Vaccine in your beer and cola!
Himalayan News Service
London, April 2:
Imagine vaccinating a child against malaria by giving him a cola to drink! Scientists may soon create vaccines against a host of diseases that could be administered by mixing them with drinks and ordinary food.
Researchers at the Moredun Research Institute near Edinburgh are currently investigating a new method that allows vaccines to be administered orally rather than by injection, reports Scotsman. This raises the pros-pect of immunising the general population with specially modified food, something that could be particularly useful in third world with few health service facilities, said John March, the head scientist of the team.
Currently, putting vaccines in food is not particularly effective because they are often destroyed in the stomach. But March’s method, which uses DNA vaccine in a harmless bacterial virus ‘container’, has been shown to be more effective in early tests.
“Once all the development and testing work has been completed, what we hope to achieve are ‘vaccines in a pill’, capable of cheap, local manufacture, administered without the need of cold chains, needles and dedicated medical staff,” he said, “In effect, they would be stored and bought off the shelf from the sto-re. If they can be added to food and drink we may be able to vaccinate a child agai-nst malaria by giving them a Coca-Cola drink.”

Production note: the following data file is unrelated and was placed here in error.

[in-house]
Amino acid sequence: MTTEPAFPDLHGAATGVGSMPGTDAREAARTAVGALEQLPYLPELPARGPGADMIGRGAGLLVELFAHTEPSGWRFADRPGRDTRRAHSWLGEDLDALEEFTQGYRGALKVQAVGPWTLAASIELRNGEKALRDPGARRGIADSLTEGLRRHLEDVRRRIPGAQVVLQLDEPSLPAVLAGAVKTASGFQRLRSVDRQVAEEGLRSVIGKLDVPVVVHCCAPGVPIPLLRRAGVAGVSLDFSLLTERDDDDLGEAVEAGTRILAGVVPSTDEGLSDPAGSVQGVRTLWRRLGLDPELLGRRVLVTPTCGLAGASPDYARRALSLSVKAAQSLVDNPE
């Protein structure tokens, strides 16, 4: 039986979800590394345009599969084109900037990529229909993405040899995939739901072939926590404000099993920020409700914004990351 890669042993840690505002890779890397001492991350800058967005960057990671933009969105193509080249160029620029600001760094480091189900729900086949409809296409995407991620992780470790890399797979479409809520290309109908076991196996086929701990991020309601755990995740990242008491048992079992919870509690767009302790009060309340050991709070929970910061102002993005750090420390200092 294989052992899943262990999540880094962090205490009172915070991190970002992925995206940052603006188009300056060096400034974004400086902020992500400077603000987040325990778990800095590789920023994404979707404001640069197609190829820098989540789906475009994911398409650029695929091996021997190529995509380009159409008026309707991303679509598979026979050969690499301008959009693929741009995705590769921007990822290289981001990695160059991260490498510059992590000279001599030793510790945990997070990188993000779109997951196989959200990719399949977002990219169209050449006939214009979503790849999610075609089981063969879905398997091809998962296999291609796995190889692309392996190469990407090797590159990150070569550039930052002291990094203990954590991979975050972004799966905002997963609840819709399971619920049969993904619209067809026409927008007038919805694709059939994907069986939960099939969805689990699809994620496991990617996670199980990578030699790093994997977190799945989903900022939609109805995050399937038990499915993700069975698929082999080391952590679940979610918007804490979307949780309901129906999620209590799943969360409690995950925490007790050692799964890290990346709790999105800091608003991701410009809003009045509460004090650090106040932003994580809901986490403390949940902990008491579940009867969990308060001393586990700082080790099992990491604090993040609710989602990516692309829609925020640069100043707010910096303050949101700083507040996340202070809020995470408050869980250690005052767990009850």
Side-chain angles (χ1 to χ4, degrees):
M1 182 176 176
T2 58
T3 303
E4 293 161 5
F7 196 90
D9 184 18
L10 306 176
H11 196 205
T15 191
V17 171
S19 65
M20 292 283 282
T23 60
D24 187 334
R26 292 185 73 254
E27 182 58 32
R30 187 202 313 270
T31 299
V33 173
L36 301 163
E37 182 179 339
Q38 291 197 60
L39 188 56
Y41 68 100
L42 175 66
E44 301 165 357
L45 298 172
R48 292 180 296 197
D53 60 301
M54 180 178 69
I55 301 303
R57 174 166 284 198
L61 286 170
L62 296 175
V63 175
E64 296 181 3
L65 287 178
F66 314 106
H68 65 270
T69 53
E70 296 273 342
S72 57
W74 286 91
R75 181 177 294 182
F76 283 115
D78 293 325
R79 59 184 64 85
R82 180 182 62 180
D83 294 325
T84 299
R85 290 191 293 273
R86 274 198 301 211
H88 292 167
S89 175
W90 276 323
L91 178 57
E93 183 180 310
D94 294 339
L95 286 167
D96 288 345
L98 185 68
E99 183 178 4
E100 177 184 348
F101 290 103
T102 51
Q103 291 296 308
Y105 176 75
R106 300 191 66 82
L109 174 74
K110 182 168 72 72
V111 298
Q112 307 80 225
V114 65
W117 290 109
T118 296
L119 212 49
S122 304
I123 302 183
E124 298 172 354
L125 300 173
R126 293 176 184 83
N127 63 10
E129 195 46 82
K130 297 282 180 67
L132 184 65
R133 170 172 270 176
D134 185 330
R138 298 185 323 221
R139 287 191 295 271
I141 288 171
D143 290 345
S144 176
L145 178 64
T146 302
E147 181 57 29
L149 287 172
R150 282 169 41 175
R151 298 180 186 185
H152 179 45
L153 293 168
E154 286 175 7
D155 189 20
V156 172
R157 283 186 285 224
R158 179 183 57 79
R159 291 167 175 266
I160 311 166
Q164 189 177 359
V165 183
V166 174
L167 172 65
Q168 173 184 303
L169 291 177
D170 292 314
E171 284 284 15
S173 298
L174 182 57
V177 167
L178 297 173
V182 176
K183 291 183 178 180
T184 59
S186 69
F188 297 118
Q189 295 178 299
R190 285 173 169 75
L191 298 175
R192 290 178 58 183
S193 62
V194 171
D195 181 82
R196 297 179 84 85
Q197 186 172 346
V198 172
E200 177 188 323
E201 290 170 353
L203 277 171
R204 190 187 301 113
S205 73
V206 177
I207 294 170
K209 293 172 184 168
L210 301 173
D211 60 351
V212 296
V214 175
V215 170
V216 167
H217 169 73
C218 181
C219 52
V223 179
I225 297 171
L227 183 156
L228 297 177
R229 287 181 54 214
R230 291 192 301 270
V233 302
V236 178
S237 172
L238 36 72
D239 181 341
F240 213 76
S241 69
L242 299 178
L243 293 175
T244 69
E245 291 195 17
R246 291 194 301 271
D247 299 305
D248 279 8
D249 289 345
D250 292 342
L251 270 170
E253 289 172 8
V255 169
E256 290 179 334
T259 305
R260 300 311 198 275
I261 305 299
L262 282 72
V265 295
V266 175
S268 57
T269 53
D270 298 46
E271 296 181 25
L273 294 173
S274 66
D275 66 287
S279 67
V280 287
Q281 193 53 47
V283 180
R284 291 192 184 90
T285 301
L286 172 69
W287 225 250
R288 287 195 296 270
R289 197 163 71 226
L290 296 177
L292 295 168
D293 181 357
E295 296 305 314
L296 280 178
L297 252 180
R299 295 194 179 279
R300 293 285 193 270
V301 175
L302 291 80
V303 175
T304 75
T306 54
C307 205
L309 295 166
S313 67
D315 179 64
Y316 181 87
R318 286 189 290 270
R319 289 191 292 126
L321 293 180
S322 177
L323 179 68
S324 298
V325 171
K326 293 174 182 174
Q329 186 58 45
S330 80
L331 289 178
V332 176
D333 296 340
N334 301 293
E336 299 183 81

March, who has been in touch with US scientists developing a genetically altered banana containing a vaccine against cervical cancer, said the developing world would benefit particularly because mass immunisation of the population would be far easier and cheaper. “The idea is, when you eat the banana you get vaccinated against it (papilloma virus that causes cancer). But it doesn’t work very well — it gets deactivated when it goes thro-ugh stomach,” he said. Marc-h even suggested a radical move - putting vaccines into cigarettes.
Jack Winkler, director of the independent Food and Health Research organisation here, said, “This is a public health issue. It’s no good fortifying auber-gines because not many people eat them. When you start thinking about functional food, you have to do it with something pe-ople eat. The answer the Japanese came up with was to put the-m in soft drinks and then confectionery. This drives Western nutritionists mad — to them this is dressing up unhealthy food.”